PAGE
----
When professional chefs get good and/or famous enough, they sometimes get the urge to experiment. And this isn't "Let's try hot sauce on the macaroni" shit here -- weird chemicals and gases creep into their recipes, which run the risk of becoming so complicated that the dishes are less like food and more like some weird, perverted form of modern art. It gets to the point where you need an instruction manual and a careful lecture from the waiter just to figure out what you're looking at, let alone how to eat things like ...
#6. The Edible Balloon
There are certain foods everyone knows to never order on a first date because you just look ridiculous eating them. You probably want to avoid any kind of noodle-based dish, for instance, or anything on a stick. And if you find yourself at Alinea, a restaurant in Chicago, you might want to avoid ordering their edible goddamn balloon. Here's what you look like eating one:
Ridiculous. Or, if not ridiculous, sure to make your date jealous.
Of course, this "dish" couldn't be brought into a three-Michelin-star environment without slight modifications. Edible balloons are made from a viscous mix of green apples and sugar, which is carefully inflated into a balloon shape. The string of the balloon is dehydrated apple. The helium is still helium.
There are two ways you can eat the edible balloon, and neither offers a single chance of retaining your dignity. The first is to use the pin that comes with the balloon to pop it, after which you presumably spend the remainder of your dinner scooping up its sad remains from all over the table (and your face). The second is slightly less messy, but no less ridiculous: You press your face hole in the side of the balloon and suck it up, along with all the helium inside. This has the benefit of both making you look like a moron and giving you the helium voice.
We're betting that the second after you finish the edible balloon, the waiters come asking you complicated questions just for the hell of it.
#5. The Zen Garden
Many high-concept dishes are not about the taste so much as they are about the experience. In other words, people eat them because they're expensive and have some neat gimmick. In a refreshingly honest move, Moto restaurant in Chicago actually seems to admit this with their signature zen garden dish, which is custom designed for playing with your food rather than, you know, eating it.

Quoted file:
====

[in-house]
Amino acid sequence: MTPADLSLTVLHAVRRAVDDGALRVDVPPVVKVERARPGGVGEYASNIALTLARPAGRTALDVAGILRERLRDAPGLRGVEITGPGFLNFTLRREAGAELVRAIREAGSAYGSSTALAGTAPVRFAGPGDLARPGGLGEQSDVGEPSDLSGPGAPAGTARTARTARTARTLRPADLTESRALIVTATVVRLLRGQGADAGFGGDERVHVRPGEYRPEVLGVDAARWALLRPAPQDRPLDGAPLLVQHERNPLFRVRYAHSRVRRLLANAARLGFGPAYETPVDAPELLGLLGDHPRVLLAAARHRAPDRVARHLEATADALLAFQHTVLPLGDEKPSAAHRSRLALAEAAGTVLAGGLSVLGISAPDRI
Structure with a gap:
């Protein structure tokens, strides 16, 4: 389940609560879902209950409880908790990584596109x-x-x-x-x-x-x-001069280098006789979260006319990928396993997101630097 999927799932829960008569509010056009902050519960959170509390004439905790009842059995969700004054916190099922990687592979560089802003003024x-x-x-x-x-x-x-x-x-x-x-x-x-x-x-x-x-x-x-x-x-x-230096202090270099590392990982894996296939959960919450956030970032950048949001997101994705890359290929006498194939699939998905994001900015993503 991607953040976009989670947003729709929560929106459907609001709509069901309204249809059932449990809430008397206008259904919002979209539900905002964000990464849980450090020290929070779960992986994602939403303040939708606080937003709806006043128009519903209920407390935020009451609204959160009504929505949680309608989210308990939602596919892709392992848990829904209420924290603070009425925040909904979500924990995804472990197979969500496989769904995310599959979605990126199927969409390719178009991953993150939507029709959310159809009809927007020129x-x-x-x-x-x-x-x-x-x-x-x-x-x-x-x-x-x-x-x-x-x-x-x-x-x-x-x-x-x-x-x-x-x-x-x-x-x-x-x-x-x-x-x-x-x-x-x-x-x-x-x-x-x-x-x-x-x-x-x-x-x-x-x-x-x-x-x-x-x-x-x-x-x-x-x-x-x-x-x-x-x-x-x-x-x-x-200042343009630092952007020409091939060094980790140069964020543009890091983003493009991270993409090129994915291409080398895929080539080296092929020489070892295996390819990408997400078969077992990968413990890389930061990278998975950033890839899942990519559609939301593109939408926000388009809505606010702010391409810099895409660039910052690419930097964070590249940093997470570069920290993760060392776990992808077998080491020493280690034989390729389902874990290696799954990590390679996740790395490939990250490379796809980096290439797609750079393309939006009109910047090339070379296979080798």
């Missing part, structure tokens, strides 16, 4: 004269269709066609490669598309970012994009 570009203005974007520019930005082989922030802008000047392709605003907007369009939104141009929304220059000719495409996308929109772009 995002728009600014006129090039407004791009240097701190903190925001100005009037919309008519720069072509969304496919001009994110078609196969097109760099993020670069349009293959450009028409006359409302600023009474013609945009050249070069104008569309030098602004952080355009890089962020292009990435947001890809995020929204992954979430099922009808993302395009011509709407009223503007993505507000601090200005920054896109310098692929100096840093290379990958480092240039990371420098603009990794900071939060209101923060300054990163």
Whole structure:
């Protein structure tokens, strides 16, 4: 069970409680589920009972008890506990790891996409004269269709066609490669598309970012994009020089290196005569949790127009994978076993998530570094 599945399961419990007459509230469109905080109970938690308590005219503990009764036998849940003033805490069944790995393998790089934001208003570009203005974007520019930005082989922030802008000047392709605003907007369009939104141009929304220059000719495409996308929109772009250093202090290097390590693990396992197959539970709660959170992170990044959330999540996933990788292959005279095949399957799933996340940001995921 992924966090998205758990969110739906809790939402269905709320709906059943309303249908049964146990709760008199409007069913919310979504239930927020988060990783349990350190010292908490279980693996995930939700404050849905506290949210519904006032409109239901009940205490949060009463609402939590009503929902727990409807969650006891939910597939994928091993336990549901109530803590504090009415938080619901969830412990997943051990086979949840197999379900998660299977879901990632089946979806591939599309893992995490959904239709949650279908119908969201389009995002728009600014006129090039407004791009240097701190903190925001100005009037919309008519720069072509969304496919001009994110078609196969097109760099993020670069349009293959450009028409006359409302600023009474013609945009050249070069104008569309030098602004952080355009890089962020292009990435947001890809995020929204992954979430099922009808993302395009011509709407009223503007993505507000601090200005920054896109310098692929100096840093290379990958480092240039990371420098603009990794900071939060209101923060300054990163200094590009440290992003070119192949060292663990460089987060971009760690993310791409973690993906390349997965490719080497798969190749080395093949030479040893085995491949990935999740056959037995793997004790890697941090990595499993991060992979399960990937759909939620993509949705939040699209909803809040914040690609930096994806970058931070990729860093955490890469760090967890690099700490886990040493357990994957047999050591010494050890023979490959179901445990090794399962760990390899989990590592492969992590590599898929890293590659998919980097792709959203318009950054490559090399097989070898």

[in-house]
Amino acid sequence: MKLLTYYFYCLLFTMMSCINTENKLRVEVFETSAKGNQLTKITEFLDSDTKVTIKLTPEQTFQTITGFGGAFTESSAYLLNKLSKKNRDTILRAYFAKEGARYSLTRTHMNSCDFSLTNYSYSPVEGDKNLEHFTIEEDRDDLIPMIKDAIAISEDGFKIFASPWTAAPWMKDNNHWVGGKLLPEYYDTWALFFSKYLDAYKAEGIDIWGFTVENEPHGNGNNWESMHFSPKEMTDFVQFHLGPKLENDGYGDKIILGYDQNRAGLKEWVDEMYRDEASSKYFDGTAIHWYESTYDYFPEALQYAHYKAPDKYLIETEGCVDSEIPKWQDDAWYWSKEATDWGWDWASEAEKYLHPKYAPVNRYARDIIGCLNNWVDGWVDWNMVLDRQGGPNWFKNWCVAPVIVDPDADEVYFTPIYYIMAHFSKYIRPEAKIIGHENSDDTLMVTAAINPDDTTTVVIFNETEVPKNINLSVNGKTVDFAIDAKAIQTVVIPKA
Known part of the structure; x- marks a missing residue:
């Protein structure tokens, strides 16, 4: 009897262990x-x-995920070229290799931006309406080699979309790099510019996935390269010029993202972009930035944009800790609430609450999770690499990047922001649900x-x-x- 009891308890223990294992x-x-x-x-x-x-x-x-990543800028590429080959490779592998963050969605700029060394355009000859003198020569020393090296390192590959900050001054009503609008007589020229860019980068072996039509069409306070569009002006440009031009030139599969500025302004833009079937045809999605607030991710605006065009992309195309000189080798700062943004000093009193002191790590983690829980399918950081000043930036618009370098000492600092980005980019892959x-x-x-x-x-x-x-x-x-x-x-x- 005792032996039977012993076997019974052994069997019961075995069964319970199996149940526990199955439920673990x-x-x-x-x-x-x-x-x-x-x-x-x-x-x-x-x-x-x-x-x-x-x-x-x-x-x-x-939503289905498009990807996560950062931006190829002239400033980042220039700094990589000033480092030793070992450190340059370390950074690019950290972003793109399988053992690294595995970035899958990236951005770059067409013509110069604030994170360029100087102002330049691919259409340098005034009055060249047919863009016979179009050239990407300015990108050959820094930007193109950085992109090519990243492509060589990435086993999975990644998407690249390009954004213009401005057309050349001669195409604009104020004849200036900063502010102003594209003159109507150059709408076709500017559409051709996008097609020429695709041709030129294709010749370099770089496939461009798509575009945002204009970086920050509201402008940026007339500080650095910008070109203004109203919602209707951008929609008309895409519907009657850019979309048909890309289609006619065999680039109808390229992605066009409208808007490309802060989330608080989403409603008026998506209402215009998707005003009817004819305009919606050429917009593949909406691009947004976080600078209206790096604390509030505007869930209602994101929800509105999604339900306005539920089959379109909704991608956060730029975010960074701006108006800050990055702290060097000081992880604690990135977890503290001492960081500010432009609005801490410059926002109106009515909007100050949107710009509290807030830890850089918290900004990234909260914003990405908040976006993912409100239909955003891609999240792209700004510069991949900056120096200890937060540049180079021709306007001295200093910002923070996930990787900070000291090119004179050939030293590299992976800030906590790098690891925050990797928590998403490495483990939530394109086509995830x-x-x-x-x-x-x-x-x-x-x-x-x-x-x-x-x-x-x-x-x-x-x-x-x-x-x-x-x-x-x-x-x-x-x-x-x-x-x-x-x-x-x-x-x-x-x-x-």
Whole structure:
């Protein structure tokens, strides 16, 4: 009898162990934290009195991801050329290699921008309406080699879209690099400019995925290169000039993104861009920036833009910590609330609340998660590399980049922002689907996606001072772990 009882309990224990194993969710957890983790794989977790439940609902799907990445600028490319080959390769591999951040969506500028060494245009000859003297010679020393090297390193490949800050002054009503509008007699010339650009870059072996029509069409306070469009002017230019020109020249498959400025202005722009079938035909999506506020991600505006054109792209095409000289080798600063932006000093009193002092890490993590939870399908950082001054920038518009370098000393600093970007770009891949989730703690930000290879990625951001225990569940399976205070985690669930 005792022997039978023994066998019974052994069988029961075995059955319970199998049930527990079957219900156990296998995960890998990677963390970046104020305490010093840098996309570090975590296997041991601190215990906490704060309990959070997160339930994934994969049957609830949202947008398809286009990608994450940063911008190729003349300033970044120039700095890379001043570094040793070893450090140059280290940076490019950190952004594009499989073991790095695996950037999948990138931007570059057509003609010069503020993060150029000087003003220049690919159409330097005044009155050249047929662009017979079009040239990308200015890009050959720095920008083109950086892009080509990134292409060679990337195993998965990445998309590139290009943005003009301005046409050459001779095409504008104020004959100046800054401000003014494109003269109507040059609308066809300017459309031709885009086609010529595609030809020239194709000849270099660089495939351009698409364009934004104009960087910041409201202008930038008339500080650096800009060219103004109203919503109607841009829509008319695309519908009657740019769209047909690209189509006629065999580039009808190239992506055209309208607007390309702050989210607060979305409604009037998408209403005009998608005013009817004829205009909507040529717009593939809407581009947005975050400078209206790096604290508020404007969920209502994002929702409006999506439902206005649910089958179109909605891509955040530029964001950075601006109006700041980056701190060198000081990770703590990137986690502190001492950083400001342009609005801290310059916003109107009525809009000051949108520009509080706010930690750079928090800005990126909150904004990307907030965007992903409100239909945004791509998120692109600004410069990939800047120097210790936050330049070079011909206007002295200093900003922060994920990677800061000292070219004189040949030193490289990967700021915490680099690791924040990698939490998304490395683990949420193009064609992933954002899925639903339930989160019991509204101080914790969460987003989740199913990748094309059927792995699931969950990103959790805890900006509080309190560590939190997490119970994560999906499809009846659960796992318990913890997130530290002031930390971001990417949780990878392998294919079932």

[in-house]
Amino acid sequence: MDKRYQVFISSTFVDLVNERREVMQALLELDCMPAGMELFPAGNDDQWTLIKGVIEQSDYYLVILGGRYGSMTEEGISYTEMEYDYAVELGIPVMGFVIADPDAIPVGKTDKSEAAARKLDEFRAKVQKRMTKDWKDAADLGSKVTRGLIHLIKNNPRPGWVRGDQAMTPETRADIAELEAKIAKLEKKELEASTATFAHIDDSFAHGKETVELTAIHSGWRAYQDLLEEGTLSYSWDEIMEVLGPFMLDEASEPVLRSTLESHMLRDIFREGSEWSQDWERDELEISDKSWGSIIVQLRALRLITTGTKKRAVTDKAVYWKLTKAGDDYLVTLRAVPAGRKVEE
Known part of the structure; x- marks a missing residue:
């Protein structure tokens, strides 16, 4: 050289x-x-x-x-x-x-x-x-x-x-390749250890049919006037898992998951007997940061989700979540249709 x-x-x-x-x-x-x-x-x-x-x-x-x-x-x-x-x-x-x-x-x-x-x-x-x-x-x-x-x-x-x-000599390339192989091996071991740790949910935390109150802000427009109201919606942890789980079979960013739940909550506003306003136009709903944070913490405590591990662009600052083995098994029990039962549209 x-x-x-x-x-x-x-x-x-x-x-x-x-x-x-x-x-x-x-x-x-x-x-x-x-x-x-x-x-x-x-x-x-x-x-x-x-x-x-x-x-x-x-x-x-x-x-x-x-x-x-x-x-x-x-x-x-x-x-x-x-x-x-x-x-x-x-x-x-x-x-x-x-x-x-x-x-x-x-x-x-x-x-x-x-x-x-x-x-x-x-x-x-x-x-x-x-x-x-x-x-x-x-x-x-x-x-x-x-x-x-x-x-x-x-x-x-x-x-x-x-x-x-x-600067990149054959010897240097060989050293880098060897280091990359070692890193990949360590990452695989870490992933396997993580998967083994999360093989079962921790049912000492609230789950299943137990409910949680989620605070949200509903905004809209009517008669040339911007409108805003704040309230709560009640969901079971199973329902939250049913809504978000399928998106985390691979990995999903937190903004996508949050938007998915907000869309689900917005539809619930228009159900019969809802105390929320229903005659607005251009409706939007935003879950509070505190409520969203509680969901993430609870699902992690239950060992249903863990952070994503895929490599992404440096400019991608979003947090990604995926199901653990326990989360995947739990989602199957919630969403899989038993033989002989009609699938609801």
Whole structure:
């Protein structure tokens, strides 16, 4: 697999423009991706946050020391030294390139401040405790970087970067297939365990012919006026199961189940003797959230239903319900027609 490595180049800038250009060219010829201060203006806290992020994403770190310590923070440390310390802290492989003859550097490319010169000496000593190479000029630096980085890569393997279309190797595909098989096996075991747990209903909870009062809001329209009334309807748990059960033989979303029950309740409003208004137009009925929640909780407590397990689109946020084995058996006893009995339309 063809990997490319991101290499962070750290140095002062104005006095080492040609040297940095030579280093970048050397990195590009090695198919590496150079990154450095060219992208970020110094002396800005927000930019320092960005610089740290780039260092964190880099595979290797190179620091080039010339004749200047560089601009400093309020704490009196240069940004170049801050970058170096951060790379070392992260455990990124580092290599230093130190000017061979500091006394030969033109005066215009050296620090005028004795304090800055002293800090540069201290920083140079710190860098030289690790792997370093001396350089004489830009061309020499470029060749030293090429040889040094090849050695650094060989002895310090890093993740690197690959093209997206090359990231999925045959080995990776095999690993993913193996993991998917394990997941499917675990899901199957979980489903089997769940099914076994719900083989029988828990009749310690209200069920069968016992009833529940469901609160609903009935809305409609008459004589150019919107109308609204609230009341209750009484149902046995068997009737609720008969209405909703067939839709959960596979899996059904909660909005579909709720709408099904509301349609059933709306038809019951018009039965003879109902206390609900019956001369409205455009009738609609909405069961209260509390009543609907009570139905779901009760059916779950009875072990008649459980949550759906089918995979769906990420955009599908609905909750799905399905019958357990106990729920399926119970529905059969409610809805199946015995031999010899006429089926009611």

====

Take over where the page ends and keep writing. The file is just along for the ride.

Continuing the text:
The zen garden is a cheese plate consisting of Camembert, spices, chocolate, and frozen, blended fruit. It has been painstakingly shaped into the form of a Japanese zen rock garden, complete with a little meditation rake you can use for arranging the elements in the garden for some contemplative peace and quiet.
As with real zen gardens, this provides much relief to those who have no actual problems.
Of course, the nature of the dish is somewhat undermined by the fact that the zen garden is just one plate in a tasting menu of over a dozen courses. You'll probably have to choose whether you want to actually eat it or just absent-mindedly doodle dicks in it until the next course arrives. Or maybe they wheel it out when it seems like a customer is too anxious. "Shh, it's all right, calm down. The zen garden is coming. Everything is going to be fine. Rake your cheese."
#4. The Octopop
Molecular gastronomy is an umbrella term for various types of experimental cooking, known by most fans of ordinary food as "that pretentious horseshit with foams and gels." Although it doesn't actually involve any Molecule Man-style alterations of the food's biochemical structure (you can easily do that shit yourself by forgetting your leftover Chinese in the fridge for a week), it is all about radically altering the ingredients' shape and consistency. You know, like if you were to make lollipops out of octopus.
First came the name. Then they wrote the screenplay. Then then scrapped that and made it a dish.
The terrifyingly named octopop was conceived by Australian chef Adam Melonas at Dubai's Burj al-Arab hotel, presumably after he read the Necronomicon and mistook it for a confectionery handbook. Its basic idea is actually pretty simple: It's a piece of roast octopus on a stick.
However, in true mad scientist fashion, Melonas has added to the process until the end result barely resembles octopus or, for that matter, food. The waxy sheen and structure of the octopop are achieved by vacuum-cooking the octopus for 12 hours, then using a knife and an enzyme called transglutaminase (a substance commonly used to glue bits of meat together) to turn the perished cephalopod into a pretty, flower-like construct. The end result is dipped in spiced gel and stuck on a stick with some dill for you to try and figure out what the hell you're chewing on.
When you figure it out, handing these out from your van to kids suddenly seems creepy.
Because the dish is not quite complicated enough by itself, it is sometimes served with dill Pellegrino: San Pellegrino water that has been turned into a cold gas and infused with, yes, dill.
Since its conception, the octopop has become Melonas' signature dish. This, along with his other creations, has somehow scored him a lucrative deal as a meal designer for IKEA.